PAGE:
If you’re looking to say an early, “Goodbye!” to your rental space and slip your way out of a lease before it’s ended, you’ll often have a couple of options. You’ll usually have the choice of paying some sort of fine or amount of the rent you promised to pay initially, or you can find someone to take over the lease for the rest of its duration. Now, it truly depends on the stipulations in your contract, but if you have the option, finding someone to take over your lease is likely the easiest way out. And even for those who stick it out until the end but choose not to renew a lease once it’s over, finding someone to rent a space after you leave can sometimes come with an incentive. Reduced rent perhaps?


Again, it all depends on your property manager and the terms of your lease contract. But, if you find yourself looking for someone to take over your spot in a rental space, there are a couple of steps you should follow.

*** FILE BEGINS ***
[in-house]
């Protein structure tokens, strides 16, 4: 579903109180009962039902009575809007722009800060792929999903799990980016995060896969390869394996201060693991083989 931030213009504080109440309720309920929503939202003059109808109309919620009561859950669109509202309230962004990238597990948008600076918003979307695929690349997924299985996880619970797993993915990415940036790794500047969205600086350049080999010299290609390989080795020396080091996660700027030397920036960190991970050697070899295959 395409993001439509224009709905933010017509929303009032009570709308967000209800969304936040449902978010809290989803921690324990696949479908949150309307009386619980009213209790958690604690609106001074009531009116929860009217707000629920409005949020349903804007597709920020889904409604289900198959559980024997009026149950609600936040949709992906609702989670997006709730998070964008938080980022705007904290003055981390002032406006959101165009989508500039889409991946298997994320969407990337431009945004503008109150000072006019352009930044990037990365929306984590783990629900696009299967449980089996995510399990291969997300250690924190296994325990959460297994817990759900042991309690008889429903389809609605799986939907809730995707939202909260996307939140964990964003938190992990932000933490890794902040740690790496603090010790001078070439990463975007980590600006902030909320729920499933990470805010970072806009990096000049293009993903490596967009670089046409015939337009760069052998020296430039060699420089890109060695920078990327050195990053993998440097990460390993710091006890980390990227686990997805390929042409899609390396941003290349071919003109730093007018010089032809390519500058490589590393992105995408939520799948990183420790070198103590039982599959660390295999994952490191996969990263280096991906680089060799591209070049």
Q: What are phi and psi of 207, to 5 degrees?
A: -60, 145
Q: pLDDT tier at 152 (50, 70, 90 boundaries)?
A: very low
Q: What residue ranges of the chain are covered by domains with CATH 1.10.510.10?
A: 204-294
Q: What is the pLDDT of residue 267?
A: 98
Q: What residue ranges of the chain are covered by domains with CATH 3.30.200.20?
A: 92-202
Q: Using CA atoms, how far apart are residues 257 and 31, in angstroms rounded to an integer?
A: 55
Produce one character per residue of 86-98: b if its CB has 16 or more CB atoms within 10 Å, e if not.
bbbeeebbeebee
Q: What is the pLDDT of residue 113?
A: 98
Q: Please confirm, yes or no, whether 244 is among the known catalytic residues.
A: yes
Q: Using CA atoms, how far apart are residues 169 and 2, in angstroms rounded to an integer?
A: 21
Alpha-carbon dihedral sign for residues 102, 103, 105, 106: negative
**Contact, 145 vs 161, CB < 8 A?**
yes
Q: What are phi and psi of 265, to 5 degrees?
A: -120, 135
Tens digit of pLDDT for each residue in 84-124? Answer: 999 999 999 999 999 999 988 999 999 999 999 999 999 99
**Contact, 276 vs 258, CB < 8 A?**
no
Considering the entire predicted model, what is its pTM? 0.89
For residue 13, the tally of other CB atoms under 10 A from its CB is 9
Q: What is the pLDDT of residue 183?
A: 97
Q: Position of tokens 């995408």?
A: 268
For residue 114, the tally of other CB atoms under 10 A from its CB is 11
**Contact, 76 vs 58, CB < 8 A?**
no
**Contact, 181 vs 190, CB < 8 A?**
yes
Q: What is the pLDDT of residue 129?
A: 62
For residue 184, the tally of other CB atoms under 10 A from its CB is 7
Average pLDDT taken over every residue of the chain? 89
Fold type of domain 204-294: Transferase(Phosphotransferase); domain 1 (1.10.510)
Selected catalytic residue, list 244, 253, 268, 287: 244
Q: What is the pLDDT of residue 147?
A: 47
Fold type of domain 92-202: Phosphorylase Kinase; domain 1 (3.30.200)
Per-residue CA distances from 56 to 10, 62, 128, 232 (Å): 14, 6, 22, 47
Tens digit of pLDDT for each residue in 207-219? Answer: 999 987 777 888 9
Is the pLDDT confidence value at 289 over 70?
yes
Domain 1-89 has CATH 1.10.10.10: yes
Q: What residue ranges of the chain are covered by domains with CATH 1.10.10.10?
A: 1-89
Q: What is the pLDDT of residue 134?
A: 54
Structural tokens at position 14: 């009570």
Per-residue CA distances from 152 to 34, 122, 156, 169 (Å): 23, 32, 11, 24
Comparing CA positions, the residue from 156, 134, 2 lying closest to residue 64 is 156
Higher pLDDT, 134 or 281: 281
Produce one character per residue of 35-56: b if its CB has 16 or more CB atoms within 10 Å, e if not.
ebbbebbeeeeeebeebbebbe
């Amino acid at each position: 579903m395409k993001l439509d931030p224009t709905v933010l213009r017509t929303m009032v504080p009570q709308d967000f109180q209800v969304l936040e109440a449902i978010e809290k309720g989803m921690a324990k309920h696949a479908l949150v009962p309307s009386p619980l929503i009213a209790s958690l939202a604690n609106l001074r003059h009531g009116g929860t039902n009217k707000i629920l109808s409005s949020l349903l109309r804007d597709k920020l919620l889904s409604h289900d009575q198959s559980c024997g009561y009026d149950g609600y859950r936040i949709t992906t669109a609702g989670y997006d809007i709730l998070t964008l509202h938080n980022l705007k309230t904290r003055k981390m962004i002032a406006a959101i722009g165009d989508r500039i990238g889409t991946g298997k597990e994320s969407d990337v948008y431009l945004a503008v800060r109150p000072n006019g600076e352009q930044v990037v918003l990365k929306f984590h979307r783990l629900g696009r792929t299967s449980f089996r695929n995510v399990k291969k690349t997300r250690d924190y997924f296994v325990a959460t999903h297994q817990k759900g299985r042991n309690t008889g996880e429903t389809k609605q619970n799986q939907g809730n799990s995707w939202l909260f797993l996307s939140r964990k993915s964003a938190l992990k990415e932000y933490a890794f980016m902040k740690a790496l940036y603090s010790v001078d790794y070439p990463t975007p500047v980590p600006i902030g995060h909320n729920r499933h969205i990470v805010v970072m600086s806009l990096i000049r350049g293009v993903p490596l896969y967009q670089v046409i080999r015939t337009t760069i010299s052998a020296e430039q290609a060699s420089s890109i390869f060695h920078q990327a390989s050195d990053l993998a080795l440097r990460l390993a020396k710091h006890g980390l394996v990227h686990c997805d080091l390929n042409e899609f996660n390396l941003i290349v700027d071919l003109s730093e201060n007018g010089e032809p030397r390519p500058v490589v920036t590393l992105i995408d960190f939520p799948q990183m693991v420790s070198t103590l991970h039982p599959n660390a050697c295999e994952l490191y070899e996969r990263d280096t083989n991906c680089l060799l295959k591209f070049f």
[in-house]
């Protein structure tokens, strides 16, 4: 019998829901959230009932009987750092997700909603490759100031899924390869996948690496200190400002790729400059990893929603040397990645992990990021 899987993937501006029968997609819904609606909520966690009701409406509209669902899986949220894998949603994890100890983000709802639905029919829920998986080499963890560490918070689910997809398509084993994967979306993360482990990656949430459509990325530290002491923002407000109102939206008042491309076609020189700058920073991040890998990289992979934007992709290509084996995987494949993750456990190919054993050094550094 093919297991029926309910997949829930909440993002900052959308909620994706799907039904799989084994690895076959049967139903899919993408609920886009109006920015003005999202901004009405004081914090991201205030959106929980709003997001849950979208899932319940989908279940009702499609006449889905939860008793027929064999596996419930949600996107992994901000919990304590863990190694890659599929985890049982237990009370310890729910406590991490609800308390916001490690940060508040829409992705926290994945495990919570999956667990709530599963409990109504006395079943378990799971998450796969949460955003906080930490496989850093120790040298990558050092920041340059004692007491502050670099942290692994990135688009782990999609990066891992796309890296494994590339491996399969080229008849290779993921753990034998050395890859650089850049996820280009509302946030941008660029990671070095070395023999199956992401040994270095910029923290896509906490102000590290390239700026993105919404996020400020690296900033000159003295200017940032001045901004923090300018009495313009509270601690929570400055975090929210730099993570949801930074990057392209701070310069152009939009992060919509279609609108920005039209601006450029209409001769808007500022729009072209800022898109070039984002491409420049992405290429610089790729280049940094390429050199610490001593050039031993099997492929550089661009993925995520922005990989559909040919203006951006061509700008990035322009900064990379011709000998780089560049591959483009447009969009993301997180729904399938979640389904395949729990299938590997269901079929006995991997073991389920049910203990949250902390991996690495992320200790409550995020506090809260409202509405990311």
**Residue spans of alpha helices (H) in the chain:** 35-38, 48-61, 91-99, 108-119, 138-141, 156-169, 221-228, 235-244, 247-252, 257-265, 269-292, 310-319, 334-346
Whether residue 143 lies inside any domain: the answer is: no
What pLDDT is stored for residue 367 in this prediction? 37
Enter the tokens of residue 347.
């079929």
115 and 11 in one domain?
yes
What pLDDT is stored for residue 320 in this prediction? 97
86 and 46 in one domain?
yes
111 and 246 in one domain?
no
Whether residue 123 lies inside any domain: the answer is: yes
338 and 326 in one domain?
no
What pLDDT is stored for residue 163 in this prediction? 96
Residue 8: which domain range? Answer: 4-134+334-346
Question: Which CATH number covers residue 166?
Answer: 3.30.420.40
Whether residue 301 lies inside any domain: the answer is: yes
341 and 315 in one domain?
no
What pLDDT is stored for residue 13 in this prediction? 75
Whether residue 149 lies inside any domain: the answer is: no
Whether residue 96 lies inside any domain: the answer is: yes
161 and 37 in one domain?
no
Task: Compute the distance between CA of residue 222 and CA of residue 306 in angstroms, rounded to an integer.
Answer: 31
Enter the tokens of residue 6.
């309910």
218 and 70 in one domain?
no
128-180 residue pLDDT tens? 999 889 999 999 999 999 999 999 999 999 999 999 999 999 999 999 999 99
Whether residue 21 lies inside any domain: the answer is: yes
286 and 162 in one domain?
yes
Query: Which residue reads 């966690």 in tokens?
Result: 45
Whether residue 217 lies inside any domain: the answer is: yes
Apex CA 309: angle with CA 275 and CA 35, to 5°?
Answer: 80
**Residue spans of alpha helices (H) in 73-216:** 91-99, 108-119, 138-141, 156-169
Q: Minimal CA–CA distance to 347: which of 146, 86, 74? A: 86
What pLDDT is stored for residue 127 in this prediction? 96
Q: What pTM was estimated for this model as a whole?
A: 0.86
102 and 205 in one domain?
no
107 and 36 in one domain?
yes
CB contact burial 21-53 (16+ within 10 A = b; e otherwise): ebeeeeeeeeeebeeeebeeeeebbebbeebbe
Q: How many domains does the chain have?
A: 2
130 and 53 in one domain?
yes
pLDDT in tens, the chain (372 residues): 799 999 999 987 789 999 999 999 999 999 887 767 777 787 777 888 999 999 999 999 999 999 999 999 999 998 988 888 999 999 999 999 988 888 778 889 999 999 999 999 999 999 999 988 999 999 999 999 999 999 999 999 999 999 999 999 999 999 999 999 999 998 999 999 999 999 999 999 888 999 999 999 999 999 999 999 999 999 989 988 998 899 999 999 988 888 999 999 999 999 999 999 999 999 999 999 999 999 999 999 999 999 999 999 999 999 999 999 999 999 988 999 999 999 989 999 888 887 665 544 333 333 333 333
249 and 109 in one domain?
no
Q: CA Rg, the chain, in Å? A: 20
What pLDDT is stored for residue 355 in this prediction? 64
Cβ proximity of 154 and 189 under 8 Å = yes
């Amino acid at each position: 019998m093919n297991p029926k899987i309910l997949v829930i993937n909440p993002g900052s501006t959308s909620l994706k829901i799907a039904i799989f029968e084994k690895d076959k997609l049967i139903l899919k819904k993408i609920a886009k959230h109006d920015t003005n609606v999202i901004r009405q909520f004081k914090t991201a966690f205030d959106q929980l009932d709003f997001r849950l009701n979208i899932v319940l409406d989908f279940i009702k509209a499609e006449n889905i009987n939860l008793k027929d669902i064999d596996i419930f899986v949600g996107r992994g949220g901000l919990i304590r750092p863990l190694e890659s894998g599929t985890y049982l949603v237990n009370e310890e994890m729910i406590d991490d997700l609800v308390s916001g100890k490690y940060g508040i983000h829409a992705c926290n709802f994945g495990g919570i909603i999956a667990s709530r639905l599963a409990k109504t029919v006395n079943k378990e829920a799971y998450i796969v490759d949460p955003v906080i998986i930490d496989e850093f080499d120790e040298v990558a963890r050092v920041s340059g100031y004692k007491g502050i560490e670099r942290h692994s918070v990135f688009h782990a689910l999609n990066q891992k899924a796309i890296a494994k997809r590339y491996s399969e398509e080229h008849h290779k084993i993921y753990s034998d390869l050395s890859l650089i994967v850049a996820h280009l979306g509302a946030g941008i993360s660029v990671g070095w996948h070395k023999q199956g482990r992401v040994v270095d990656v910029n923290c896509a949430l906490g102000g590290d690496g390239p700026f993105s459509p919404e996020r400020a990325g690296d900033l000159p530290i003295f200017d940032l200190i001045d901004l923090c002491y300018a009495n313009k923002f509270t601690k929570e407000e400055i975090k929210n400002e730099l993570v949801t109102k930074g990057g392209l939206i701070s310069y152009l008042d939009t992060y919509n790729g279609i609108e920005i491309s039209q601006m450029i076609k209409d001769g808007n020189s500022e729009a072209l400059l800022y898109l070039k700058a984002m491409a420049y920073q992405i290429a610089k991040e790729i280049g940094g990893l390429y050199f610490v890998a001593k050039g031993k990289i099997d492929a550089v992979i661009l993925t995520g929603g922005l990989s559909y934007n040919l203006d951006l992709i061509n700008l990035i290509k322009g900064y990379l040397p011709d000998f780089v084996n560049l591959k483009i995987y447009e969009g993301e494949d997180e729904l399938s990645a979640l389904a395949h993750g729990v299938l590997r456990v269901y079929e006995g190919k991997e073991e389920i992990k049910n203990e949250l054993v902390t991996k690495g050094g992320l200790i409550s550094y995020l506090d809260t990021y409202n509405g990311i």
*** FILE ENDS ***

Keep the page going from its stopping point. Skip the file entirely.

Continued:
First, be sure to speak with your landlord about your desire to end your lease early. They will likely be able to help in finding someone to cover the lease. Because it will surely mean lost rent if they don’t find someone, your landlord will want the space filled as quickly as possible.


If you’re at a loss for where to find potential lessees, be sure to search online forums like Craigslist or Facebook Groups for any individuals looking for rental space in your area. It can also be helpful to spread word through friends or social media to see if any acquaintances are searching for a space to rent as well.



You’re given receipts for a reason—keep them. That’s the motto when it comes to paying your landlord or property manager each month. If you’re leasing a space, whether it be warehouse, office, living space, or flex space, be sure you keep all pay stubs and receipts, money orders and checks. Just in case there is a problem with the payment process, say a check is lost in the mail or your landlord misplaces a money order, it’s handy to have documentation of your payments. In the case of a legal dispute, these can also be vital for securing your rights as a tenant.